So, now we are looking good on our KO, PFE and T positions and it looks like we won’t be getting any of those positions, even with the recent sell-off.  As we think the market is heading lower next week, we’re not going to sell more puts right now – remind me to put out an Alert during the week when we think we have a bottom and we can try to buy 4 or 5 more stocks cheaply for June and, if not, we’ll just end up having to take the extra couple of thousand Dollars instead.  

Investing for Income – Part 3 – Investment Protection
A good short sale is one where you would have rather had the stock (line 2,000 shares of INTC at net $19.25) than the cash but c’est la vie - we can’t always get what we want but if we keep selling puts, we might find – we get what we need.  Like our friend, J. Wellington Wimpole, we are glad to have a stock assigned to us on expiration day for some money today.  Should it come to pass that our put buyer decides not to assign us the stock at the agreed upon price on expiration day, we are more than happy to keep his money and move on to look for our next meal.  

Now that we all understand the concept of ON TRACK, I’m not going to spend the next 18 months discussing every monthly move of our 2013 spreads.  We have a net entry and we have a current price – if they deviate by more than 10%, THEN we’ll want to do something.  

  • 3,000 NLY 2013 buy/write at net $11.26/13.15 (only 15 puts sold), now $17.67 –  No cash taken.  .62 dividend expected 6/30 ($1,860)
  • 2,000 AGNC June covered at net $27.21, now $29.62 – $2,200 withdrawn.  $1.40 dividend expected 6/30 ($2,800). 
  • 3,000 FTR 2013 buy/write at net $5.69/6.60, now $8.66  - $1,800 withdrawn.  .19 dividend expected 6/30 ($570)
  • 2,000 GLW 2013 buy/write at net $16/18, now $20.73 -  There is a stop on the stock at $20! .05 dividend expected 5/30 ($100) 
  • 20 short GLW Aug $20 calls at $1.30, now $1.60.  This is, of course a silly price (net $18.40) with GLW at at $20.73 so I love it as a new, naked trade - $2,050 withdrawn.
  • 1,000 CSCO 2013 buy/write at net $11.92/14.71, now $16.88.  .06 dividend expected 6/30 ($60) 

house of cards
We hedged our bets with some IYR puts.  200 IYR Jan $50 puts were bought for $2.20 ($43,00) and we sold 100 IYR May $57 puts for $1 ($10,000).  IYR is at $60.81 so we can expect the May puts to expire worthless (now .06) and we’ll have to wait and see how the sell-off goes before we sell some more covers to help pay for our long protection.  The Jan $50 puts are still $1.60 so we’re a bit behind but we don’t care as long as we can keep selling at least $5,000 a month worth of shorter puts against them on a 1/2 cover.  Of course, no cash used on this, our goal is simply to have an edge in case the market tanks.  

All in all, we’ve deployed less than $150,000 of our cash and about the same in margin, just 30% of our buying power yet we’ve already withdrawn $6,050 in our first month and it looks like another $2,040 will be coming our way when the short May puts expire plus we banked $1,300 on the Intel trade already.  That puts us more than a month ahead in our 5th week!  Then comes the end of June and we have $5,390 worth of dividends coming to us.  Not bad for our first quarter with 70% of our cash still on the sidelines – and we’re well-hedged!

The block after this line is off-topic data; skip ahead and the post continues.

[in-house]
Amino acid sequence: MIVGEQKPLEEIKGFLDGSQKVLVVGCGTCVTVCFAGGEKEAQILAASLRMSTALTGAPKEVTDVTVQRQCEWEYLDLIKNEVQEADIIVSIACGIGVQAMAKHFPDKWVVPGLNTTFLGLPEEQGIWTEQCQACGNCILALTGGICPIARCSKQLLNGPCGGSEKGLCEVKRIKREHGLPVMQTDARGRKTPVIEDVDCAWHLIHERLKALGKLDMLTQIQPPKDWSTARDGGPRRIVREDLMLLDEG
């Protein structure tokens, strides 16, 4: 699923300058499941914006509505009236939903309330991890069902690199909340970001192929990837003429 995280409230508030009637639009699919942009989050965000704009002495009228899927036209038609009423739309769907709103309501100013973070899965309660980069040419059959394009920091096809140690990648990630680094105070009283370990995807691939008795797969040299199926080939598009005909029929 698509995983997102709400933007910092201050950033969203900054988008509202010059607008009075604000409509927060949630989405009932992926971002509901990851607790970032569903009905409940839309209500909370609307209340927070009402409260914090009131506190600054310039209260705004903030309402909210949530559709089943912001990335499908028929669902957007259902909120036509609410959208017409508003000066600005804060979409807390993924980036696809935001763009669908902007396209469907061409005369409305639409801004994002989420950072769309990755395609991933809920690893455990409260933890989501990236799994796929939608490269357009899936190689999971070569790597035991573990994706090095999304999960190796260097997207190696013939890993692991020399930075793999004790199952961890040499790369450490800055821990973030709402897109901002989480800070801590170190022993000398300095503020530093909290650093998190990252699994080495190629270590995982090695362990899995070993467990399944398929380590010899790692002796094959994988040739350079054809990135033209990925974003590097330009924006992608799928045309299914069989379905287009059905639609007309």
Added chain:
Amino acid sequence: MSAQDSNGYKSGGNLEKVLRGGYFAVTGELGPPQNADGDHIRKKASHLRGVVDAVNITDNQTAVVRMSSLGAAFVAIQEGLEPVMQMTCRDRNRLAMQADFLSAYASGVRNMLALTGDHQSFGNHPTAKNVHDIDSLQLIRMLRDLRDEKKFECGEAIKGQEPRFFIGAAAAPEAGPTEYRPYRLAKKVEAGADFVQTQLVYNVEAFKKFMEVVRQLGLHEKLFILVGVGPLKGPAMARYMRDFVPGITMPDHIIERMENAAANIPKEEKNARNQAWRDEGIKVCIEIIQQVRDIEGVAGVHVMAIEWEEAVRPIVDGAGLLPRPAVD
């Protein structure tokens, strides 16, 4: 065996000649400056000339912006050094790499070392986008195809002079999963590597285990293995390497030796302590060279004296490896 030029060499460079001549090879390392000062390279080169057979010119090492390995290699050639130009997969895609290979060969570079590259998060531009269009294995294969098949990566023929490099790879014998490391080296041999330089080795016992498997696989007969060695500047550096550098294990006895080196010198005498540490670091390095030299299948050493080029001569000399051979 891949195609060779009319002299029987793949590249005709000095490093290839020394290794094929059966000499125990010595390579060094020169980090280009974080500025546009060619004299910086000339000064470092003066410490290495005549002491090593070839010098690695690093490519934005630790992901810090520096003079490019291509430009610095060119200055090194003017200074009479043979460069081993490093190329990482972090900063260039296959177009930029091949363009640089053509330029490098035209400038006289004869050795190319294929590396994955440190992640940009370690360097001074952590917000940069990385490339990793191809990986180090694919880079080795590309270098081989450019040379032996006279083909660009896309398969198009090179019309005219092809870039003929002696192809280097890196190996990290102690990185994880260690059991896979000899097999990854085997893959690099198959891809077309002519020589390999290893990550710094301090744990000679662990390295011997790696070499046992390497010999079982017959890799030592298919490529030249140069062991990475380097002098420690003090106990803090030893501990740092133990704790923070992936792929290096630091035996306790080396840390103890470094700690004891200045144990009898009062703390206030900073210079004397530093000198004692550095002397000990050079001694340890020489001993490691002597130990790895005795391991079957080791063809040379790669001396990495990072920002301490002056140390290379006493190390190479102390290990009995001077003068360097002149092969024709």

Never underestimate the value of cash as investment protection, especially now as the Dollar seems a bit undervalued still.  Keeping in mind that we don’t really need to guard against a huge dip, it would still be nice to profit from one so let’s set up another spread, using my favorite ETF hedge, the DIA’s.  As they have March options, we can do a nice put spread, like IYR, which will give us a good chance of paying it off over time:

  • 50 DIA March 2012 $110 puts at $4.15 ($20,750)
  • 25 short DIA June $120 puts at .85 ($2,125)

Investing for Income – Part 3 – Investment Protection
This reflects my belief the Dow could still easily drop another 500 points or more.  If we do get a nice sell-off and see some support at 12,200 again, we can afford to be more aggressive with the sales but you see how simple this is?   The Dow has to fall 600 points by June expirations (to 12,000) just for us to have to give back any of the $2,125.  Meanwhile, our long puts have a delta of .23 while the short puts have a delta of .20 AND we only sold 25 so it’s like a delta of .10 to our longs.  That relative delta doesn’t even matter UNTIL they get in the money, by which time we will have collected our .23 6 times ($1.38) for a $6,900 gain.  

Not only that, but our delta will increase as the Dow heads lower AND the VIX will increase, which will also add to the PRICE of our long puts.  On the way up, even with the offsets of the short puts we have a very real danger of losing $10,000 so it is advisable to use a stop on the uncovered half at $3.15 for a $2,500 loss there.  With a delta at .23 that declines as the Dow moves higher, we can assume that’s 500 points up from here, past Dow 13,000 so it’s not like we expect to be spiked out of the position.  Still, if you must use hard stops, try to base them on the last price paid for the contracts, not the bid or the ask as those can be some very wild numbers!  

Don’t forget to remind me we need more short put plays if the market gets back to our reference lines (as we expect) and holds them and we’ll certainly need more long plays to offset our new DIA hedge if the market heads higher.  This will be the cycle for this virtual portfolio – options expiration weeks are when there is work to be done but it should usually be the Wednesday, Thursday and Friday of that week so – happy sailing!